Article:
With a new Introduction by Professor Cedric Watts, M.A., Ph.D. 'The Forsyte Saga' is Galsworthy's enduringly popular masterpiece. Initially, the plot centres on Soames Forsyte, a successful solicitor living in London with his beautiful wife, Irene. A pillar of the late-Victorian upper middle class, wealthy and well-connected, he seems to lead an enviable life. But beneath the respectable exterior lie acute tensions and frustrations. The marriage of Soames and Irene culminates in sexual violence and recriminations. The consequent feud within the family will be long-lasting, with ironic and dramatic outcomes. In 'The Forsyte Saga', John Galsworthy analyses the achievements, confusions and hypocrisies of an era. This renowned chronicle of a divided dynasty, repeatedly filmed and televised, has engrossed audiences internationally. AUTHOR: When John Galsworthy (1867-1933) died, he was at the height of his popularity with the reading public, and had been awarded the Nobel Prize for Literature in 1932. Already derided by modernist writers like Woolf and Lawrence for his old-fashioned values, interest in his works fell away sharply. The revival came in 1967, when the BBC Television adaptation of 'The Forsyte Saga' firmly established his place in literary history once more.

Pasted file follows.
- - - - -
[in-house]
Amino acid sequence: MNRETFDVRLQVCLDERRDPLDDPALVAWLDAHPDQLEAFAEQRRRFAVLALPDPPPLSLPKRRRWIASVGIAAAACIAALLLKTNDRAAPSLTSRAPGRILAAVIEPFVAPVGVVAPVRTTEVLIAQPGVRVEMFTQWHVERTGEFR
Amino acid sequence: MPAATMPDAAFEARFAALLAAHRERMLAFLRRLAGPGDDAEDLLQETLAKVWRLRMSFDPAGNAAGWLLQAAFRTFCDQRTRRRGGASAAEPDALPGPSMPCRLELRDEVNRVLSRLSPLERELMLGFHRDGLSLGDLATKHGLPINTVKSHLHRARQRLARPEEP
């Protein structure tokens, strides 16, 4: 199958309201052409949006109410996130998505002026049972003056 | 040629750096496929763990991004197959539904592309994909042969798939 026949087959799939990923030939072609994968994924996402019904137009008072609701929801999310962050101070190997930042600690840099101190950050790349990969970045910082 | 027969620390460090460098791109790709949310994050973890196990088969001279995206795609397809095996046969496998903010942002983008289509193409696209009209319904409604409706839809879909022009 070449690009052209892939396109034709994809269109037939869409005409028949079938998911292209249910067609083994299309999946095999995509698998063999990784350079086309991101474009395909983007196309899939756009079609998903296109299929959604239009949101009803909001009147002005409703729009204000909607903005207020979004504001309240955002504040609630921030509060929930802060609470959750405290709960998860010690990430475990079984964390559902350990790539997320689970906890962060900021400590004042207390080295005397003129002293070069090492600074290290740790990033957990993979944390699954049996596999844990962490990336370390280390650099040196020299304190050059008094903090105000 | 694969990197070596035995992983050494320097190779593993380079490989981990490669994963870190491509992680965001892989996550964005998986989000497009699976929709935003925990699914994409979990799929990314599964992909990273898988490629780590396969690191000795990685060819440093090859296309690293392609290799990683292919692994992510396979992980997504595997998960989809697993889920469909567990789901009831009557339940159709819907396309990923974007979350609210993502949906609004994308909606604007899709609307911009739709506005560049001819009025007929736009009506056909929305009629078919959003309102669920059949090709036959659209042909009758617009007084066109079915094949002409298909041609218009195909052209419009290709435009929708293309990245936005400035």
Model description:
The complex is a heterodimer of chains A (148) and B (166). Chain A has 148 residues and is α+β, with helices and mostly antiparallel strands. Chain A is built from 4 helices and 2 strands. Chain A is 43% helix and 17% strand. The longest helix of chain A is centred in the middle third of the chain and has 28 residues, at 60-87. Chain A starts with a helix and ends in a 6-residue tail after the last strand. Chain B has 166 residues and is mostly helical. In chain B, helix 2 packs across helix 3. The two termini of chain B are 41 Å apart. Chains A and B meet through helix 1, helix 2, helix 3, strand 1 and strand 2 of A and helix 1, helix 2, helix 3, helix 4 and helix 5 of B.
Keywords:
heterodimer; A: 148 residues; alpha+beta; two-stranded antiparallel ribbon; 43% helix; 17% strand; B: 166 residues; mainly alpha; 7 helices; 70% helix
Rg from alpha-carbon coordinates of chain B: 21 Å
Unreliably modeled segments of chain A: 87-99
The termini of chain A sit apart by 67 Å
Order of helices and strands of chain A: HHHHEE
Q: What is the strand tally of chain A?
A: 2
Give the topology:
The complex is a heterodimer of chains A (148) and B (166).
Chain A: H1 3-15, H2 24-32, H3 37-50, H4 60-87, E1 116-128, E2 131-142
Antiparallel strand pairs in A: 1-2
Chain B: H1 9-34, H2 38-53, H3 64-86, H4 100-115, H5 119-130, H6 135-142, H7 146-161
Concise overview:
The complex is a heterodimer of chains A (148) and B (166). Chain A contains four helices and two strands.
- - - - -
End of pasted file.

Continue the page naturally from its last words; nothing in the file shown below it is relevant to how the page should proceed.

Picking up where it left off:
- Publication Date:
- 22 / 01 / 2002